Though Steffen Basho-Junghans has been active in Germany as a musician and visual artist since the late 1970s, it wasnít until Song of the Earth was issued in 2000 by Bostonís Sublingual Records that his music was released in the United States. Self-trained and influenced by the legends (Fahey, Kottke, Basho), Basho-Junghans developed his own particular style, but he remained unheard outside Germany. Sublingualís Jonathan LaMaster was lucky enough to have the opportunity to introduce the U.S. to Basho-Junghansí work, and the majority of his work since has been issued by Portlandís Strange Attractors Audio House, and the artistsí own Blue Moment Arts in Germany. With a technique that mixes the sound of his predecessors with a more forward-looking (and sounding) arsenal of experimental methods and concepts, Steffen Basho-Junghans continues to be a leading voice in modern acoustic guitar music, despite relatively little fanfare.
7 Books is Basho-Junghansí 10th release, two CDs of works for solo 12-string guitar. The artist describes the music as ďa vision of birth and evolution, from the first entry of the universe to modern days.Ē Thereís no obvious or concrete aspects of the music that link it to such a concept, but Lance Hensonís accompanying poems, written after the recording process was complete, offer a better look into the work. After 2003ís Rivers and Bridges exhibited a more placid, sometimes outright pastoral side of Basho-Junghansí playing, these discs feature work thatís much more idiosyncratic and conceptual. Basho-Junghansí playing has always had its own flair, and the material on these discs is decidedly his. Melodies are present often only as fragments, the pieces are built more around space and notes, with some emphasis on rhythm and repetition. Sparse, thin notes arise from his strumming and picking, arising from dark silence. Using a slide on the second discís four pieces, the guitarist tends to build teetering towers of notes that rise and fall in cue to the trackís unstated rhythm. The albumís production allows for none of the guitarís sound to go unheard, and Basho-Junghans uses this to his advantage, as a noteís resonance and slow decay carry as much weight as the note itself. When notes are cut short, or quickly obscured by a further flurry of choked strumming, the pristine recording magnifies it, making each vibration an important event. Basho-Junghansí technique is diverse, and it seems as though every piece makes use of a whole new set of traditional and experimental methods.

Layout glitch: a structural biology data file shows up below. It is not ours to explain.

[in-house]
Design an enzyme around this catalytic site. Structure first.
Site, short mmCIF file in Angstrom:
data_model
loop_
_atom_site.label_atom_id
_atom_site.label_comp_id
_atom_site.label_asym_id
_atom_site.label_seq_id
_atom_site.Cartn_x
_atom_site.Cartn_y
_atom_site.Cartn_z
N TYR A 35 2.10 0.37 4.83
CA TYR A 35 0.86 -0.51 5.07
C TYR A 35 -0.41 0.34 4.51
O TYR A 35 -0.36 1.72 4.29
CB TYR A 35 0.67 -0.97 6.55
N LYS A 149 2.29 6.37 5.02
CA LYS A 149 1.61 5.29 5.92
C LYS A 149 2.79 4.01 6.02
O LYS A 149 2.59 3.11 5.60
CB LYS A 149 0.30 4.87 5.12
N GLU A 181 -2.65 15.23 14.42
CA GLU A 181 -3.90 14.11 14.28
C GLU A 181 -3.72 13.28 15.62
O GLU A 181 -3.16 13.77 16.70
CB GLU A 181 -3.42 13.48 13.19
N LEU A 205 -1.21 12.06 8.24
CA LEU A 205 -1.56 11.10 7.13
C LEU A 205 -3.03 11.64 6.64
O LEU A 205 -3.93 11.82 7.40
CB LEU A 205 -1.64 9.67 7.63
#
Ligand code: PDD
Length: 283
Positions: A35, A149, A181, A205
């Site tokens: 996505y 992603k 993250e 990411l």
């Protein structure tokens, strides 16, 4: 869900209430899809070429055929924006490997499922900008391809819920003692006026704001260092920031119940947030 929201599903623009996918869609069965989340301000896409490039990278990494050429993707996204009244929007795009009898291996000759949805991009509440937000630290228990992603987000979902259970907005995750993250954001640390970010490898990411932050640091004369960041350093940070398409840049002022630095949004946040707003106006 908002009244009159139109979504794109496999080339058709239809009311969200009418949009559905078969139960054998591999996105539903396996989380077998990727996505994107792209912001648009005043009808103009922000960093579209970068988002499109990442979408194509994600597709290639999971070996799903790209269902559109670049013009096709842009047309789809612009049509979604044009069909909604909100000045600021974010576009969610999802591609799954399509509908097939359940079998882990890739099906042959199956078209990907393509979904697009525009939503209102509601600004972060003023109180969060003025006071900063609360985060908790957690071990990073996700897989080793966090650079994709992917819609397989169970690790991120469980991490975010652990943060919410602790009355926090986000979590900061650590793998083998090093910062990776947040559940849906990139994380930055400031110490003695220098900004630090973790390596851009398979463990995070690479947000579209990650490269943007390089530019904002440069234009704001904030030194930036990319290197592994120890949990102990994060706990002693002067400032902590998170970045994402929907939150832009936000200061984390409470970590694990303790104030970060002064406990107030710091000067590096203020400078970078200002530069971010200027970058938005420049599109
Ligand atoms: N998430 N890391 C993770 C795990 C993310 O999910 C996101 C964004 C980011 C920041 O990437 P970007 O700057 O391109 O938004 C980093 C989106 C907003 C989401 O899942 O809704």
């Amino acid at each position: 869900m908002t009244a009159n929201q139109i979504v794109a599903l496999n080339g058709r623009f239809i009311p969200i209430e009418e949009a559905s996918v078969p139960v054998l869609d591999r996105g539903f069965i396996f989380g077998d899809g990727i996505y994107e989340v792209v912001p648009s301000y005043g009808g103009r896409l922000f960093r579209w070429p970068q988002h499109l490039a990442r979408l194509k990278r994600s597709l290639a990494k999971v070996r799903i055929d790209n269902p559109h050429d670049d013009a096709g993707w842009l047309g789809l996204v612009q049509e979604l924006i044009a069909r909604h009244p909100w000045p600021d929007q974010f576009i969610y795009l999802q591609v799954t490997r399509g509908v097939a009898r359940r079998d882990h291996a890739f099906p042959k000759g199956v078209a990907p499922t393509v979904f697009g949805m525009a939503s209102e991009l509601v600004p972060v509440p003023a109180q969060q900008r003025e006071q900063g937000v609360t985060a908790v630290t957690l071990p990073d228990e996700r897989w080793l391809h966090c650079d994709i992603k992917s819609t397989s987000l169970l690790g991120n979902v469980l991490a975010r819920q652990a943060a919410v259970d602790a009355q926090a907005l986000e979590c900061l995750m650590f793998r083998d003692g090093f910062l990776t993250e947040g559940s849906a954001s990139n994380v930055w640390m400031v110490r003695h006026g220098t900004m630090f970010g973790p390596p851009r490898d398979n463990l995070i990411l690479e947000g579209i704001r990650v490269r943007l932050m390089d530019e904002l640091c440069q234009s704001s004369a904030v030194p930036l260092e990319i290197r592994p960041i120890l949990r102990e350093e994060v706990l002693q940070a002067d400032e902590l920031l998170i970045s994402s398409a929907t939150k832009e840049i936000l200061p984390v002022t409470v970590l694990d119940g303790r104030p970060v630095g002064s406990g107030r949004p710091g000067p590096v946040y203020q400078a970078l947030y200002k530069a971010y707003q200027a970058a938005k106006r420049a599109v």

Though much of the album is imbued with a fragile beauty, some of 7 Books is surprisingly sterile and distanced. This neednít interfere with enjoyment, but makes some of the albumís tracks seem more like exercises in experiment than anything else, and though theyíre successful enough in this respect, itís hard not to anticipate the moments in which Basho-Junghans weaves his sublime little webs, the real gems of this album. Steffen Basho-Junghans, over the course of his career, has proven equally adept at creating music thatís both technically challenging and beautiful, and when the two meet, as they do, at times here, heís at his marvelous best.
By Adam Strohm